by default, a SLURM shell generated via salloc will run for 15 minutes. This interval can be extended to the partition maximum by specifying a suitable --time=hh:mm:ss argument. Also, the --partition option can be used to explicitly specify a desired partition, but we advise against doing so because the different login nodes have different environments that are incompatible.

Notes and Warnings:

  • Only application/commands which are started with mpiexec are executed on the allocated nodes. All other commands are still be executed on the login node. This might block the login node for other users. Workaround would be to start also those memory or time consuming commands with "mpiexec -n 1", even if they are serial, optionally packing them into a script and starting it with mpiexec.
    try: "mpiexec -n 2 hostname" and just "hostname" to see the difference.
  • SLURM also has its own srun command which you can try to use.
  • Once the allocation expires, the program will be signalled and killed; further programs can not be started. Please issue the exit command and start a new allocation.

Batch Jobs

This type of execution method should be used for all production runs. A step-by-step recipe for the simplest type of parallel job is given, illustrating the use of the SLURM commands for users of the bash shell. See the documentation section at the end for pointers to more complex setups.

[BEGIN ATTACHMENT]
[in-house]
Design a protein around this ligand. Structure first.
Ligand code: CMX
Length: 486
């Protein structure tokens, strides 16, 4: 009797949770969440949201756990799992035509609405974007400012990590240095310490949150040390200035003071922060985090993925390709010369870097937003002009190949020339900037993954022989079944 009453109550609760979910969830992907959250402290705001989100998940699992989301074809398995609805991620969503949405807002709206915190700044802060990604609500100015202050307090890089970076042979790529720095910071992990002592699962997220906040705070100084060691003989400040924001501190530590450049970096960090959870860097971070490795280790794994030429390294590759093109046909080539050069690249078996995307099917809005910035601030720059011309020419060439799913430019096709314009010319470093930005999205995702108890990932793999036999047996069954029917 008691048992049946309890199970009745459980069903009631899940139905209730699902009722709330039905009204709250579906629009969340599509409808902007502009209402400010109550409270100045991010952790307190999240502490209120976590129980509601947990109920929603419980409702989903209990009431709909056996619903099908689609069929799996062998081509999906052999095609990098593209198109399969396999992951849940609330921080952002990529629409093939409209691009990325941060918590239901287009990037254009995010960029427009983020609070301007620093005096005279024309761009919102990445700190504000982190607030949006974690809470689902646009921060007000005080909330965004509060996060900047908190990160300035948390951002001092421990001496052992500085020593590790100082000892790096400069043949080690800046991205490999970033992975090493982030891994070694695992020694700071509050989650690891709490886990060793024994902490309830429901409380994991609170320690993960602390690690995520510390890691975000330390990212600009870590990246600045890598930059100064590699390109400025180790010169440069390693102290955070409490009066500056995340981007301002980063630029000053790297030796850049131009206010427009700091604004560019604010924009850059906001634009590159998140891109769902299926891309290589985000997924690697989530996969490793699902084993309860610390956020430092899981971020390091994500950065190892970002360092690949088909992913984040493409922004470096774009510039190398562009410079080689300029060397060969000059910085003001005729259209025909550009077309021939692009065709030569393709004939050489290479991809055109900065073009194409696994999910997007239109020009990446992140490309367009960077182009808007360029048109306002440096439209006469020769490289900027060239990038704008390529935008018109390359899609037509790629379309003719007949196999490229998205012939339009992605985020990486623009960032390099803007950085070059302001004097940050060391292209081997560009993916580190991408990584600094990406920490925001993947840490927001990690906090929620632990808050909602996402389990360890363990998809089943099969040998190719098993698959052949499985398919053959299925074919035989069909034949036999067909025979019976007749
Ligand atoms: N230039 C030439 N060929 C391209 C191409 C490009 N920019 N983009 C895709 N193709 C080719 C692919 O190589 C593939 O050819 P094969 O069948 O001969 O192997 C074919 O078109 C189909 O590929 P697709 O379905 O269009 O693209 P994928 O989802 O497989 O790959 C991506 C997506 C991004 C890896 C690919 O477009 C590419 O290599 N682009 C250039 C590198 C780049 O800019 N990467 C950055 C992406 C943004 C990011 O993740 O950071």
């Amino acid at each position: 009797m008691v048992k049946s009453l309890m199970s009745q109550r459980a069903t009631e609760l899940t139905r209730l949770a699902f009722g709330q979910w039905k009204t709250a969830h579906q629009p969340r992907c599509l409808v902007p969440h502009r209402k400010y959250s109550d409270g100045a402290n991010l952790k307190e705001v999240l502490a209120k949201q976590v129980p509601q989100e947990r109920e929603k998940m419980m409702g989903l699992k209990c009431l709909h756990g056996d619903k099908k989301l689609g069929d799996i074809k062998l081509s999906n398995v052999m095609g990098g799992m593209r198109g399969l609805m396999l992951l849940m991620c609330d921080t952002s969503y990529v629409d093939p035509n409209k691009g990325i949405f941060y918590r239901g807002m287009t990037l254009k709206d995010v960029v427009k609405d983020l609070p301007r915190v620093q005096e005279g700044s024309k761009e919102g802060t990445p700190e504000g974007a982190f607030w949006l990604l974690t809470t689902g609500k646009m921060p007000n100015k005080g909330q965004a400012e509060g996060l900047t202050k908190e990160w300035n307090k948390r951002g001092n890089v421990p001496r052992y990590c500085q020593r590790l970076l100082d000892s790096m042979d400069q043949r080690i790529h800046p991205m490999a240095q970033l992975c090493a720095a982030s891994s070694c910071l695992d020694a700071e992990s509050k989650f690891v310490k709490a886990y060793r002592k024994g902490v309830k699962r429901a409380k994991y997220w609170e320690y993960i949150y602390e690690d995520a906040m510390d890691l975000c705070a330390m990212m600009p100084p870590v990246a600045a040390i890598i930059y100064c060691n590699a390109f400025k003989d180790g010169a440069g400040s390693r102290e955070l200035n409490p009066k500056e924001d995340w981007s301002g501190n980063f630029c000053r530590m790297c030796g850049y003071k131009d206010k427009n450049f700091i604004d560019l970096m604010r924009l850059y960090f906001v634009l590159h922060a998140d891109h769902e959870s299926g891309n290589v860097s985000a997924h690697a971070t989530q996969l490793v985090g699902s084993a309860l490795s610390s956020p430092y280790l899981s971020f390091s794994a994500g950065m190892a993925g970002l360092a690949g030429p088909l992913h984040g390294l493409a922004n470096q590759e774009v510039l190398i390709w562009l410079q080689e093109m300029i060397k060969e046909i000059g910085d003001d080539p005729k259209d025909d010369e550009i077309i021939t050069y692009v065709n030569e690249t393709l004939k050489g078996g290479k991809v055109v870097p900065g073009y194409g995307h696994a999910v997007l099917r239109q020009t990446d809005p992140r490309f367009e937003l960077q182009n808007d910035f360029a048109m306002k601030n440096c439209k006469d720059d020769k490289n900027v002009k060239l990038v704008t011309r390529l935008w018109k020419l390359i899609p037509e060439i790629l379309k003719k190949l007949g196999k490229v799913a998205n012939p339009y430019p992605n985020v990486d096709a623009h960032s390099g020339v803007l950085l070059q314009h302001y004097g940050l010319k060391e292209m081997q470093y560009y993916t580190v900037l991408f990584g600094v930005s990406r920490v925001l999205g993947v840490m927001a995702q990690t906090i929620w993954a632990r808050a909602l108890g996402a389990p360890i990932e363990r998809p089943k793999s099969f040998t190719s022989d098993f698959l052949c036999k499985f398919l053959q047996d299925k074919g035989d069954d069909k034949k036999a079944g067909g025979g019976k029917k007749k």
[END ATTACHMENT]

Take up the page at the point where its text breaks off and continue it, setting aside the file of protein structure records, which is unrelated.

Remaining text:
Step 1: Edit a job script

The following script is assumed to be stored in the file myjob.cmd.



#SBATCH -o /home/hpc/<group>/<user>/myjob.%j.%N.out

(Placeholder) standard output and error go there. Note that the directory where the output file is placed must exist before the job starts, and the full path name must be specified (no environment variable!). The %j encodes the job ID into the output file. The %N encodes the master node of the job and should be added since job IDs from different SLURM clusters may be the same.

#SBATCH -D  /home/hpc/<group>/<user>/mydir

directory used by script as starting point (working directory)

#SBATCH -J <job_name>

(Placeholder) name of job (not more than 10 characterns please)

#SBATCH --clusters=mpp2

The name "mpp2" specifies the cluster to be used - here the CoolMUC-2 MPP cluster.
#SBATCH --get-user-env Set user environment properly

#SBATCH --ntasks=64

Number of MPI tasks assigned to job. By default, SLURM will start as many MPI tasks per node as there are physical cores in the node.

#SBATCH --mail-type=end

Send an e-mail at job completion

#SBATCH --mail-user=<email_address>@<domain>

(Placeholder) e-mail address (don't forget, and please enter a valid address!)

#SBATCH --export=NONE